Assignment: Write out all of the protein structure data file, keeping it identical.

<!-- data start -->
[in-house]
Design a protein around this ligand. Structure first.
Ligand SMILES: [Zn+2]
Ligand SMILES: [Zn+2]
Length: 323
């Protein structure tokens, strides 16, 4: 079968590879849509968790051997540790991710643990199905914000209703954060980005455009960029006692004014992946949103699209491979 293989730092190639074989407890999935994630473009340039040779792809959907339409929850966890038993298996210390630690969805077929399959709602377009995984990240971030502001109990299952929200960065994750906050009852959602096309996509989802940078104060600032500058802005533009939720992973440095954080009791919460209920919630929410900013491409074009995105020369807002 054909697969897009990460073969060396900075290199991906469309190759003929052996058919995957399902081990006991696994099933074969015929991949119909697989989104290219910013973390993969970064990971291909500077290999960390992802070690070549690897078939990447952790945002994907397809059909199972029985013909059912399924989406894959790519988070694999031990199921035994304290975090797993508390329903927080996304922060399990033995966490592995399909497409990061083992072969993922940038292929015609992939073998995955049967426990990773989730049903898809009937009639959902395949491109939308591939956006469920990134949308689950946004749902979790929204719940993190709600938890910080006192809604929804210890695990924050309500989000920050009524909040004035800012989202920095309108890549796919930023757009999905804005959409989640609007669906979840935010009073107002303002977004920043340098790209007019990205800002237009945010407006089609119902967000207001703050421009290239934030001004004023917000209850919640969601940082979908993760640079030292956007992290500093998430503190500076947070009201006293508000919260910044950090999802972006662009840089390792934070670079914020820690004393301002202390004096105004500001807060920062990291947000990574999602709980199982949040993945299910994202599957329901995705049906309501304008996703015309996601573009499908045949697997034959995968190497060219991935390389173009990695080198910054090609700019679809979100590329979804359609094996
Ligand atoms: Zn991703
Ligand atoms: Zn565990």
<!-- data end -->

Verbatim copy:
[in-house]
Design a protein around this ligand. Structure first.
Ligand SMILES: [Zn+2]
Ligand SMILES: [Zn+2]
Length: 323
């Protein structure tokens, strides 16, 4: 079968590879849509968790051997540790991710643990199905914000209703954060980005455009960029006692004014992946949103699209491979 293989730092190639074989407890999935994630473009340039040779792809959907339409929850966890038993298996210390630690969805077929399959709602377009995984990240971030502001109990299952929200960065994750906050009852959602096309996509989802940078104060600032500058802005533009939720992973440095954080009791919460209920919630929410900013491409074009995105020369807002 054909697969897009990460073969060396900075290199991906469309190759003929052996058919995957399902081990006991696994099933074969015929991949119909697989989104290219910013973390993969970064990971291909500077290999960390992802070690070549690897078939990447952790945002994907397809059909199972029985013909059912399924989406894959790519988070694999031990199921035994304290975090797993508390329903927080996304922060399990033995966490592995399909497409990061083992072969993922940038292929015609992939073998995955049967426990990773989730049903898809009937009639959902395949491109939308591939956006469920990134949308689950946004749902979790929204719940993190709600938890910080006192809604929804210890695990924050309500989000920050009524909040004035800012989202920095309108890549796919930023757009999905804005959409989640609007669906979840935010009073107002303002977004920043340098790209007019990205800002237009945010407006089609119902967000207001703050421009290239934030001004004023917000209850919640969601940082979908993760640079030292956007992290500093998430503190500076947070009201006293508000919260910044950090999802972006662009840089390792934070670079914020820690004393301002202390004096105004500001807060920062990291947000990574999602709980199982949040993945299910994202599957329901995705049906309501304008996703015309996601573009499908045949697997034959995968190497060219991935390389173009990695080198910054090609700019679809979100590329979804359609094996
Ligand atoms: Zn991703
Ligand atoms: Zn565990």